If Students Are Career-Oriented, It Doesn’t Show Up in Majors



By 09/22/2009

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With all the talk about workplace-readiness in education reform, one would think that students who enter college would look carefully at the coursework that leads to high-paying jobs. That’s the assumption behind the explosion in the undergraduate business majors, which do account for around 22 percent of all undergraduate degrees.

But a report issued recently by PayScale finds many fields doing much better than finance, accounting, and marketing.  PayScale provides a listing of undergraduate college degrees by salary, and it appears here.

What PayScale did was calculate the salaries of people who earned bachelor’s degrees (not professional degrees in medicine, law, etc.) and who were hired full-time and had compiled five years or less of experience. The median person was 25 years old and had two years of experience.

It calculated salaries for people later in their careers, too, and did the same correlation with majors.

If paycheck is first consideration, the course is clear. Seven of the top ten majors were in Engineering, aerospace topping them all, with starting people earning $59,600 and mid-career people earning $109,000. The other three fields in the top ten were Economics ($50,200 and $101,000), Physics ($51,100 and $98,800), and Computer Science ($56,400 and $97,400).

Finance came in at $48,500 and $89,400, Marketing at $41,500 and $81,500, International Business at $41,900 and $77,800, and Business Administration at $42,900 and $73,000.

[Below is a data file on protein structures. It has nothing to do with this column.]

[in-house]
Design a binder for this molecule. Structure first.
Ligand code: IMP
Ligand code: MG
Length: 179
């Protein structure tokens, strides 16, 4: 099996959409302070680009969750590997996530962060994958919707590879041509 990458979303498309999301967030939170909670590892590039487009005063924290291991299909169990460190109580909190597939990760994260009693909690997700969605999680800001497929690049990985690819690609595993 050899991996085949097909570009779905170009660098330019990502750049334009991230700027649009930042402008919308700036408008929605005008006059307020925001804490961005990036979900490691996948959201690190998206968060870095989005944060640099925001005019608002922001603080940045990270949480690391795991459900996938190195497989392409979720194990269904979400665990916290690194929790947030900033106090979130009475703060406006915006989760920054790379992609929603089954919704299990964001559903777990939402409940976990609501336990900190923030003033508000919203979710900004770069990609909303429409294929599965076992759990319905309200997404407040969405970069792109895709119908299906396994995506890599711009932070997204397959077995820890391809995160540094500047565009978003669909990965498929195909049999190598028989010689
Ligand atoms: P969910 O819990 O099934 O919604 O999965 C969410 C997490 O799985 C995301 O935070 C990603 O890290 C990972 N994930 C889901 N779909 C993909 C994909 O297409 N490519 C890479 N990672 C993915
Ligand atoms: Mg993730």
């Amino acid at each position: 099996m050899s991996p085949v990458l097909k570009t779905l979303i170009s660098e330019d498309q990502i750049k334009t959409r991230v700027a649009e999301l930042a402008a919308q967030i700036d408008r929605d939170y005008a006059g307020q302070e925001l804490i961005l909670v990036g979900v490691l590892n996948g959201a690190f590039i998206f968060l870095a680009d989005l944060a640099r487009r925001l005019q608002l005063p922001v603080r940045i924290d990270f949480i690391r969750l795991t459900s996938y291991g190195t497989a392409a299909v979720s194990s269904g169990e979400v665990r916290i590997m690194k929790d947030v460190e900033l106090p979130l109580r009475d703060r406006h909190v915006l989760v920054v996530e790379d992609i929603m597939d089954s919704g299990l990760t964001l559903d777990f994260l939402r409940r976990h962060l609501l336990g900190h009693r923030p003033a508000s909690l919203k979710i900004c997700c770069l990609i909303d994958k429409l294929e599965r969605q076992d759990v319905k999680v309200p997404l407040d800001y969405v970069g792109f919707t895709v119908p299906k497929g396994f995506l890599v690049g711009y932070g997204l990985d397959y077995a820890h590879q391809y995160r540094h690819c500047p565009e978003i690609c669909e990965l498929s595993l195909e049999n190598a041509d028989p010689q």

(Second to last was Elementary Education at $33,000 and $42,500. Education came a bit higher at $36,200 and $54,100.)

Now, this chart doesn’t tell you how hard those jobs were to get. If each engineering job had 500 applicants, and if each marketing job only had 20, then to a canny undergraduate, we might say, the lower marketing salary might have been worth the better odds.

Still, the skew toward engineering and physics and math (statistics came in at #11, math at #13) should lead more kids toward those majors. But on the 2008 American Freshman Survey, when entering students were asked about what they intended to major in, the standard preferences held steady.

Business stood at the top with 16,7% of the respondents. Next came “Professional,” then “Arts and humanities,” then “Social Sciences” (on the PayScale list, social work, sociology, psychology, and anthropology all came up under $40,000).

And Engineering? All the fields from aeronautical to chemical to civil to electrical took in 9.3% of the freshmen, and the entirety of the Physical Sciences garnered only 3.2% (!). That puts only one in eight students headed toward the most prosperous fields. And let’s note, too, that of the percentage of kids who aim for physics et al., a good portion of them likely won’t make the cut after a year of differential equations . . .




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